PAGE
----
With this backdrop, the SJC outlined what factors a judge should consider when a criminal defendant charged with 1st degree murder requests that he be afforded a bail. The factors or balancing test is similar to those that a judge would consider in granting bail to any other criminal defendant, including: the nature and circumstances of the allegations; the defendant’s family background, educational history, financial resources, and ties to the community. Other factors that might also be considered include the defendant’s prior criminal history and/or record of convictions; whether there is any history or record of defaults in court appearances; his character; and his mental condition. The SJC further noted that judge’s should also consider if the murder or other criminal offense charged involved any circumstances of domestic abuse or violation of a restraining order.

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In order for any criminal trial begins, a jury must be selected.  But how a jury is chosen why certain prospective jurors are excluded is not limitless. Generally, when jurors are selected from a pool (called the “venire”) they can be excluded “for cause” or because either the defendant’s attorney or the prosecutor exercised a “peremptory challenge.” A peremptory challenge is where one party excuses a prospective juror from being seated on the jury. The use of peremptory challenges, however, is not without its limits.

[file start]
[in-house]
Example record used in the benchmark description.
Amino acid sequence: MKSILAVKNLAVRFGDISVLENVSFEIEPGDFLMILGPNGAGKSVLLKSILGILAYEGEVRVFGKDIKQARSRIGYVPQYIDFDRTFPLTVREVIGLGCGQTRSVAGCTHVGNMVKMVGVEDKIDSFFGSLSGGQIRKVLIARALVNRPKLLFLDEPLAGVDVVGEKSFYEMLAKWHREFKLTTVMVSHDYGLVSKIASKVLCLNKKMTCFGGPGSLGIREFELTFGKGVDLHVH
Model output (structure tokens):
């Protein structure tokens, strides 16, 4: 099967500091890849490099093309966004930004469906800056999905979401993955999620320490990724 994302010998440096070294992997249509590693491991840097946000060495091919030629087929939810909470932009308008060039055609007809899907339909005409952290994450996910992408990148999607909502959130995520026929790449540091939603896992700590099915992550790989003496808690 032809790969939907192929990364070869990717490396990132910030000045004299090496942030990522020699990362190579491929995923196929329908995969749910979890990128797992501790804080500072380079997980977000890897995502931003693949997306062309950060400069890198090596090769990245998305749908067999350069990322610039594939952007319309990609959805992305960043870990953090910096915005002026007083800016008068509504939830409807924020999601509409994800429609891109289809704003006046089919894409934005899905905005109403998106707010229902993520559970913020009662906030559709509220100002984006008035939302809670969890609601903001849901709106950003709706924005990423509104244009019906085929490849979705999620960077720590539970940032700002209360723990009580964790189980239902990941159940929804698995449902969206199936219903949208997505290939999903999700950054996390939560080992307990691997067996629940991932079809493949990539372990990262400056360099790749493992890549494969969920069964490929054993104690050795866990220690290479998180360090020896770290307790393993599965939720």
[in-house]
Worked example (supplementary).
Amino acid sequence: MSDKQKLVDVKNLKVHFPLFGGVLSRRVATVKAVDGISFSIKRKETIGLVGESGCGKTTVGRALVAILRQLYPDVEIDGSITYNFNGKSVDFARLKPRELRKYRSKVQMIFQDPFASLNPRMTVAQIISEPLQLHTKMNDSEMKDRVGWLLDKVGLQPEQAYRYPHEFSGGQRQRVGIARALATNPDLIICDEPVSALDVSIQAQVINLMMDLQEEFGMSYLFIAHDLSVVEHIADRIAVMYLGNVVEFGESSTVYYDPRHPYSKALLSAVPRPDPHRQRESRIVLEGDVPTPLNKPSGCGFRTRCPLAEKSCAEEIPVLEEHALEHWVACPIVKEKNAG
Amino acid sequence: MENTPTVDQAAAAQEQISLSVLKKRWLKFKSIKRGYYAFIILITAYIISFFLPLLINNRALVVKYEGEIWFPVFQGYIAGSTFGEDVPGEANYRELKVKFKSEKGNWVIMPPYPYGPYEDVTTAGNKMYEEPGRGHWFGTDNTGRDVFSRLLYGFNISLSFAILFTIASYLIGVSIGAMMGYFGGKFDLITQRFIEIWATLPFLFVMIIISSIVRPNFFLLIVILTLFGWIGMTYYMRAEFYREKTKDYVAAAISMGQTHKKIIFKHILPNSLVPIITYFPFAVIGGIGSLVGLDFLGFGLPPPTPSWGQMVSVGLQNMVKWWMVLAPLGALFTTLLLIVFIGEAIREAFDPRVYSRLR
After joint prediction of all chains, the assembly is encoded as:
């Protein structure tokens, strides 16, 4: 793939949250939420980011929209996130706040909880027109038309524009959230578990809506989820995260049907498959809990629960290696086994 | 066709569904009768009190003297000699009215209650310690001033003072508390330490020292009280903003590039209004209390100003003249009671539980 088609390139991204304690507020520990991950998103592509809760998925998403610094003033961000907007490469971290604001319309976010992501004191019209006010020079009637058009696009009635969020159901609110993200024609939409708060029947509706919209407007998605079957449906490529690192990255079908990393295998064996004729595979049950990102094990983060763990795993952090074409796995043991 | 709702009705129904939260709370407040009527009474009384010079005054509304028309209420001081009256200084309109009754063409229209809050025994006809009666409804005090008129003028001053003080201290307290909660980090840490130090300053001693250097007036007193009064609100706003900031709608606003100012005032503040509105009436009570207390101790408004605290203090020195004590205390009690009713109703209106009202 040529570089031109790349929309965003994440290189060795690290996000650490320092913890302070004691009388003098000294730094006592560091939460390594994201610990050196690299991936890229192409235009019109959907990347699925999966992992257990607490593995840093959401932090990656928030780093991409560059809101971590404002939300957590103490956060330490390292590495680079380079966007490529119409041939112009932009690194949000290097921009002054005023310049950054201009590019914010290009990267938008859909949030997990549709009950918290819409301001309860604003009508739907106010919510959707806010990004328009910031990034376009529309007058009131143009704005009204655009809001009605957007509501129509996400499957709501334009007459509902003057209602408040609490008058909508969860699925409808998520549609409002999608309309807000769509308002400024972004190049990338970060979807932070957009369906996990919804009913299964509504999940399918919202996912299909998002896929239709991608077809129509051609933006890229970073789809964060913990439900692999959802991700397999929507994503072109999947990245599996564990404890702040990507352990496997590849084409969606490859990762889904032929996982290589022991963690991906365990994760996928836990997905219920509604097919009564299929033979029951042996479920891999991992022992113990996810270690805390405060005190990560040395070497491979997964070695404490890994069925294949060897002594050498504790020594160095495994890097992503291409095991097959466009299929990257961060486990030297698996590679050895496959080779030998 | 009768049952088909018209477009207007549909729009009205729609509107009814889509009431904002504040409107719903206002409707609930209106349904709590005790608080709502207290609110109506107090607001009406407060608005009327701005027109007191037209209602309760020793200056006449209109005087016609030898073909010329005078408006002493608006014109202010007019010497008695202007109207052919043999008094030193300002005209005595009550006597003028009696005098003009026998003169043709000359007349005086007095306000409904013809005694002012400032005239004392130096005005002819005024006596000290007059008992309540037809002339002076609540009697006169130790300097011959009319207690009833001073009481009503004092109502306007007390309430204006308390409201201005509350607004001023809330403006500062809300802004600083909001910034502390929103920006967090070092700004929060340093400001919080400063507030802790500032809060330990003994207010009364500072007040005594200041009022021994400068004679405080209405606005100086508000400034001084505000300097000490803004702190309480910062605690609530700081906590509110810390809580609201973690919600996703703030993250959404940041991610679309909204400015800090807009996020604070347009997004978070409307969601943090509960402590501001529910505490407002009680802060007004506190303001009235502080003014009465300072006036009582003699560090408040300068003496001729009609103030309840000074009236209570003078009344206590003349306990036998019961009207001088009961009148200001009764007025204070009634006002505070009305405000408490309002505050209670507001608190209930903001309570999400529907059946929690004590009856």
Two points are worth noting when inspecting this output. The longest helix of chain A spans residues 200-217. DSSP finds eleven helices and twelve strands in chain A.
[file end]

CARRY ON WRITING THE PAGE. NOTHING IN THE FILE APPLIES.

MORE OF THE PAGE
The Equal Protection Clause of the 14th Amendment to the United States Constitution and Article 12 of the Massachusetts Declaration of Rights place limitations on the use of peremptory challenges. Generally, a party cannot exercise a peremptory challenge of a prospective juror if the reason is based by virtue of their membership in or their affiliation with particular defined groupings in the community, such as race, sex or religion.

When a party challenges the opponents use of a peremptory challenge, the judge must evaluate the objection based on a 3-step process:

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Oftentimes, when police are searching for a suspect of a crime, they will employ an identification procedure.  Identification procedures vary, and can include a photographic array; a lineup (as you might see on TV); or a one-on-one show up identification procedure.  Single-photograph identification procedures, akin to a “one-on-one show-up”, involve showing a witness one photograph or one person and asking if they are the person they believe to be the suspect of the crime.  One on one photo and single-photo identification procedures, however, are “generally disfavored” in Massachusetts. Continue reading →